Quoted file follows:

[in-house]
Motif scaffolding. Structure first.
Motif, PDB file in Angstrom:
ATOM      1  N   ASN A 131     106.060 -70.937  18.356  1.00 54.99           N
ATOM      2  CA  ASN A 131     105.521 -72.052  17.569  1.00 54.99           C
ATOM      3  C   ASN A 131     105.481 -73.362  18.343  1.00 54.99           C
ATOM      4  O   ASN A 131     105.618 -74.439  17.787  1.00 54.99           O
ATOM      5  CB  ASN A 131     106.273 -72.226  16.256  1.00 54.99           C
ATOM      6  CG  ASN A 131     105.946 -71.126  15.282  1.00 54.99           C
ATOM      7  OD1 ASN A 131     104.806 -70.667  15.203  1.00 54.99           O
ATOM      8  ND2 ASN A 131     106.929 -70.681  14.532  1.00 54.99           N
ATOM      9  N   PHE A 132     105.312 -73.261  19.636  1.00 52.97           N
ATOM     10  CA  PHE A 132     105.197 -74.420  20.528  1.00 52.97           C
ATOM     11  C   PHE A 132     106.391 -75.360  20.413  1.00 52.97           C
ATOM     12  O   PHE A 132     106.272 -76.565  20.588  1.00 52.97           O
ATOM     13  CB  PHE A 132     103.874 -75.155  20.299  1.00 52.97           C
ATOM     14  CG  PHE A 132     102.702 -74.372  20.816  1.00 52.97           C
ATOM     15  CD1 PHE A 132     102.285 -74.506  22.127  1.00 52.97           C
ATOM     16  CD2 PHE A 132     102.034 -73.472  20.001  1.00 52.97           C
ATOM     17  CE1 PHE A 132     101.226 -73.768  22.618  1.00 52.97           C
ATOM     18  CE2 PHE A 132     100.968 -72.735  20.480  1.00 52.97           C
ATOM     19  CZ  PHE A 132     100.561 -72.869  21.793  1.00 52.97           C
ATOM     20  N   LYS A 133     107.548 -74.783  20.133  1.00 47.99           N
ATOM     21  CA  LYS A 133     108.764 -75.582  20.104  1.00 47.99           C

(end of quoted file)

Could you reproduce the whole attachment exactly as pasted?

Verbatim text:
[in-house]
Motif scaffolding. Structure first.
Motif, PDB file in Angstrom:
ATOM      1  N   ASN A 131     106.060 -70.937  18.356  1.00 54.99           N
ATOM      2  CA  ASN A 131     105.521 -72.052  17.569  1.00 54.99           C
ATOM      3  C   ASN A 131     105.481 -73.362  18.343  1.00 54.99           C
ATOM      4  O   ASN A 131     105.618 -74.439  17.787  1.00 54.99           O
ATOM      5  CB  ASN A 131     106.273 -72.226  16.256  1.00 54.99           C
ATOM      6  CG  ASN A 131     105.946 -71.126  15.282  1.00 54.99           C
ATOM      7  OD1 ASN A 131     104.806 -70.667  15.203  1.00 54.99           O
ATOM      8  ND2 ASN A 131     106.929 -70.681  14.532  1.00 54.99           N
ATOM      9  N   PHE A 132     105.312 -73.261  19.636  1.00 52.97           N
ATOM     10  CA  PHE A 132     105.197 -74.420  20.528  1.00 52.97           C
ATOM     11  C   PHE A 132     106.391 -75.360  20.413  1.00 52.97           C
ATOM     12  O   PHE A 132     106.272 -76.565  20.588  1.00 52.97           O
ATOM     13  CB  PHE A 132     103.874 -75.155  20.299  1.00 52.97           C
ATOM     14  CG  PHE A 132     102.702 -74.372  20.816  1.00 52.97           C
ATOM     15  CD1 PHE A 132     102.285 -74.506  22.127  1.00 52.97           C
ATOM     16  CD2 PHE A 132     102.034 -73.472  20.001  1.00 52.97           C
ATOM     17  CE1 PHE A 132     101.226 -73.768  22.618  1.00 52.97           C
ATOM     18  CE2 PHE A 132     100.968 -72.735  20.480  1.00 52.97           C
ATOM     19  CZ  PHE A 132     100.561 -72.869  21.793  1.00 52.97           C
ATOM     20  N   LYS A 133     107.548 -74.783  20.133  1.00 47.99           N
ATOM     21  CA  LYS A 133     108.764 -75.582  20.104  1.00 47.99           C